You’ve probably heard of Flow. It is that psychological state of perfect concentration that we fall into when our attention is completely absorbed in something, whether it is running, painting, reading, crafting or anything else that involves us completely.
As a writer, Flow is what you are after in your reader. You have probably felt it yourself. Remember those books that were so engrossing that you could lose hours at a time between the pages, and not notice?
The trouble is that when you are reading, the tiniest thing can jolt you out of it – from the cat meowing for its tea, to your baby crying to be picked up, or even something as small as the rain tapping against the window. As a writer you are up against this too-human tendency, and your job is to make sure that you do not add to the distractions.
This is why getting the nuts and bolts right is so important.
For example, have you ever come across a typographical error in a printed novel? It seems to be happening more and more these days, and I find I notice at least one in every novel I read. It is irksome. It makes you suddenly aware that you are in the act of reading a book, rather being so caught up in the action that you are in it with the characters, a part of the crowd.
I have judged a number of short story competitions in my time, and I never fail to be amazed at how writers fail to take account of this. Being aware of your readers’ flow can improve your writing immeasurably, and can make the difference between a prize and publication, or languishing at the bottom of the reject pile.
Its not just about presentation – lets face it, in this digital age, your work could be presented in any number of ways, so even if you make sure you conform to the industry standard of 12 point, double spaced text, (which I would always advise) your reader may not ultimately be consuming it that way. You can make the difference, and keep your reader in the moment, by observing a few simple rules:
1. Pay attention to punctuation. It’s a small thing, but it makes a big difference. Read your work aloud, and notice where you take a breath, or pause. That’s where a comma should go. Read a good book about it. You can’t do better than this one.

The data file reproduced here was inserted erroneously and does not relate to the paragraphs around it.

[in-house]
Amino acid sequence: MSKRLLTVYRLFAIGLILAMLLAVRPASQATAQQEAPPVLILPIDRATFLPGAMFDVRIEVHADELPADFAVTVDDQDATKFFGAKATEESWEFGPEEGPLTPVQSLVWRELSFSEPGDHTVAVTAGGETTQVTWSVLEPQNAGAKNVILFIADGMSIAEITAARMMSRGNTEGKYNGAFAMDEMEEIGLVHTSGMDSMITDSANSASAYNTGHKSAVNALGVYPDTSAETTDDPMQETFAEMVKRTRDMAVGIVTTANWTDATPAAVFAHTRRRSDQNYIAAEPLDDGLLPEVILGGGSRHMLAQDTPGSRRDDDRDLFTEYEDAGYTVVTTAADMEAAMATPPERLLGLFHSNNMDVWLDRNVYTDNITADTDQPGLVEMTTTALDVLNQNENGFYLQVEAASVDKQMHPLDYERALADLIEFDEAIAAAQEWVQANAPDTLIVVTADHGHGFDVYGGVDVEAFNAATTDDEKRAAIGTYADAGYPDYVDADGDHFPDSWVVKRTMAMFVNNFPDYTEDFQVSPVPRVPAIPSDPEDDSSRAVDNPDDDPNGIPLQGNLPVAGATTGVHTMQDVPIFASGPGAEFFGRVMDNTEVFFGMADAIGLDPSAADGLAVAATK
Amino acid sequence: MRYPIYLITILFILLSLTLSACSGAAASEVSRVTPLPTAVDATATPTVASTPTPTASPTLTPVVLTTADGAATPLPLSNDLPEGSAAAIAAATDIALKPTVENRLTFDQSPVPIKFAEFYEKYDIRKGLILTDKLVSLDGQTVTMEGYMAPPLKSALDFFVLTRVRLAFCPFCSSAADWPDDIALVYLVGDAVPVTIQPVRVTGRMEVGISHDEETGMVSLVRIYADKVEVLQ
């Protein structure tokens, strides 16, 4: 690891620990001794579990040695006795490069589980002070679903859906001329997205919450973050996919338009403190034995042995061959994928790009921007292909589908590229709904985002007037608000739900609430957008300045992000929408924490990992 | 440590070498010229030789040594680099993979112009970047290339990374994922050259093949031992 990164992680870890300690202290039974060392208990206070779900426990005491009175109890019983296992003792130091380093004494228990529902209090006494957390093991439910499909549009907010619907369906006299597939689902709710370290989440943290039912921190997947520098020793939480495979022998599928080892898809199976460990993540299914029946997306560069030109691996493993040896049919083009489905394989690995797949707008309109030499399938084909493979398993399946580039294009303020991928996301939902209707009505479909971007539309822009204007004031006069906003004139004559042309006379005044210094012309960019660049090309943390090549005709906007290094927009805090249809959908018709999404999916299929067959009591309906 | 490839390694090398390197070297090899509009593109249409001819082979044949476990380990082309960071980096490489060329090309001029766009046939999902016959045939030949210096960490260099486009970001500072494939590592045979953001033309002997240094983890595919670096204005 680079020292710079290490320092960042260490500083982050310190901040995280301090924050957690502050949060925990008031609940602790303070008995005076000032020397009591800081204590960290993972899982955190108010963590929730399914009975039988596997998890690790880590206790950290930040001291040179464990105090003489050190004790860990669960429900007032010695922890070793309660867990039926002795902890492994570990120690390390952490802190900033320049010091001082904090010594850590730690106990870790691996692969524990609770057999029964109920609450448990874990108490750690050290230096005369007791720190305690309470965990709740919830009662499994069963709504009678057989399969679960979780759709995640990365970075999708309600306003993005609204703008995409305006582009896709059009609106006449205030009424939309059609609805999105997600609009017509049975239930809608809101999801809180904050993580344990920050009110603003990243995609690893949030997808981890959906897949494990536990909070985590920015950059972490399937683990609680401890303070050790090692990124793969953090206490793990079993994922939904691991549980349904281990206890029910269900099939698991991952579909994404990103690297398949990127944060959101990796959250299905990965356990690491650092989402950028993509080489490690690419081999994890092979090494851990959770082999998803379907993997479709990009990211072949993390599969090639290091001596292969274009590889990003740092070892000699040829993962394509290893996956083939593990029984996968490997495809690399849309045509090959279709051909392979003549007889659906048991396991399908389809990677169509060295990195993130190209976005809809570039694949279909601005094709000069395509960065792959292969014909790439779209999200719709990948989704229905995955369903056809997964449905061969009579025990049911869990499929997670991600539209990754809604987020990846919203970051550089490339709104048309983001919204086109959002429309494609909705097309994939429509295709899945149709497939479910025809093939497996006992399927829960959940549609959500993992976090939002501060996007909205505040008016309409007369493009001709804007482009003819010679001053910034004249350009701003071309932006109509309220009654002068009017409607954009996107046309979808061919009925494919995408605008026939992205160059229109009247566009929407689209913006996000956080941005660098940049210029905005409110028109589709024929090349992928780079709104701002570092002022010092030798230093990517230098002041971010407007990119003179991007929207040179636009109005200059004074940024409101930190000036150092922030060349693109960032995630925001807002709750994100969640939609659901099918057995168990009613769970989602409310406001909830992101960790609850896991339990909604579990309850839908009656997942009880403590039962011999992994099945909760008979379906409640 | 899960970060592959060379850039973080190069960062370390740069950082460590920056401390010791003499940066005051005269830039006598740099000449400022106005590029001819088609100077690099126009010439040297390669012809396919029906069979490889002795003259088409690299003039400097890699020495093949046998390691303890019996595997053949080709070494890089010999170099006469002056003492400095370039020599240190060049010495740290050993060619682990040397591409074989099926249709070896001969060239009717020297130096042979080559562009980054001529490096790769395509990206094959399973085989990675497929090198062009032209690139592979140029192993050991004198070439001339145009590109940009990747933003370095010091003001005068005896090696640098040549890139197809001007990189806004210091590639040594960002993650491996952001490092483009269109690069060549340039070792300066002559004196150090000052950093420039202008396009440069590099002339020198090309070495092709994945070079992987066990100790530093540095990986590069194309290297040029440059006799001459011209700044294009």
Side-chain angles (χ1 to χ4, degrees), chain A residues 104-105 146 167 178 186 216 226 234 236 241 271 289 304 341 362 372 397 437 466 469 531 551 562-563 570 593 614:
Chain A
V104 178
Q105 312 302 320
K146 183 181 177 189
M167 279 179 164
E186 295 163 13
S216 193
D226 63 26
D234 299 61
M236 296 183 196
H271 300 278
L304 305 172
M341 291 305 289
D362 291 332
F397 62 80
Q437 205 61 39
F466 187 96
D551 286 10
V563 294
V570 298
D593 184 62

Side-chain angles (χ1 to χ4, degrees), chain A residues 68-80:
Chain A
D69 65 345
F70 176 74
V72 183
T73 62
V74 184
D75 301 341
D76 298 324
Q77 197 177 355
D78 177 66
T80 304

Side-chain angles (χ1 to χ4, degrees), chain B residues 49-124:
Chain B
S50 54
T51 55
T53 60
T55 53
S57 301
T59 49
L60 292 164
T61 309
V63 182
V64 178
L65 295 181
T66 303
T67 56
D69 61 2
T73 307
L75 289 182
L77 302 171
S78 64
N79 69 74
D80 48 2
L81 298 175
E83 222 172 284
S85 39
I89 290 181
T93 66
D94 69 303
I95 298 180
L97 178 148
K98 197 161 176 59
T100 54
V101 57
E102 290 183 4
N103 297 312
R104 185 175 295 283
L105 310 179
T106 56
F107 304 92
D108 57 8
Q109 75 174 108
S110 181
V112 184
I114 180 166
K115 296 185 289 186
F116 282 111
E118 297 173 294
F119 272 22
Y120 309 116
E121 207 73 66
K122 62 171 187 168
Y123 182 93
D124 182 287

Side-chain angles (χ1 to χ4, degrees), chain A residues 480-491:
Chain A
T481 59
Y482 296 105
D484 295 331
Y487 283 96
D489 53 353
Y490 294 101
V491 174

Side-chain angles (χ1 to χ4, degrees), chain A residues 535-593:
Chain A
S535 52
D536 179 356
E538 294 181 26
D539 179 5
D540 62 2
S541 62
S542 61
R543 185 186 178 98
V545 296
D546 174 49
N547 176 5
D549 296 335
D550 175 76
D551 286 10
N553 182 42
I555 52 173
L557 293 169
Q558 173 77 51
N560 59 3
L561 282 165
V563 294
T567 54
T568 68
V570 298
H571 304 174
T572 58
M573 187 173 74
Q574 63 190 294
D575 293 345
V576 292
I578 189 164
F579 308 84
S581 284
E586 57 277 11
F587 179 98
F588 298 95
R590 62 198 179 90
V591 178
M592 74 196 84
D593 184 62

2. Don’t trust the spell checker. It can’t tell the difference between ‘passed’ and ‘past’, and that little difference could be enough to annoy your reader out of their flow, and maybe give up completely.
3. Get to grips with language. Knowing the meaning of words is really important, so don’t just take it for granted – Fanfiction writers, I am looking at you! Just because someone else uses the word ‘ravage’ instead of ‘ravish’, doesn’t mean you have to make the same mistake! (And ‘leisurely’ is not an adverb. Grrr!) When in doubt, look it up!
4. Don’t use overlong sentences. You aren’t Henry James. Thank God. Keep it to one or two clauses at most. Don’t ramble. Short sentences may increase the pace of your scene, but you can slow things down in other ways if thats what you want, through description and reflection.
5. Don’t repeat yourself. This is a private bugbear of mine, I have to confess. You don’t need to use the same word three times in a three line paragraph. You’ve got vocabulary – use it! If you want to understand how the breadth of language can be used to write a whole book about just one thing, avoiding repetition, read Patrick Süskind’s dazzling novel, ‘Perfume’. It proves you really don’t have to repeat yourself.
6. Proof read. And then do it again. And then get someone else to proof read for you. Seriously. There are so many typos and spelling mistakes (commonly referred to as ‘smelling mistakes’ in our house) that you often can’t see without help. (And now I am having a mini-nervous breakdown that there will be typos in this article that I haven’t seen – you see, we all do it, so beware!)
These are just a few simple things you can do to give your reader a smooth ride. If you do that, not only will they keep reading to the end, but they are far more likely to come back for more. And thats what you want!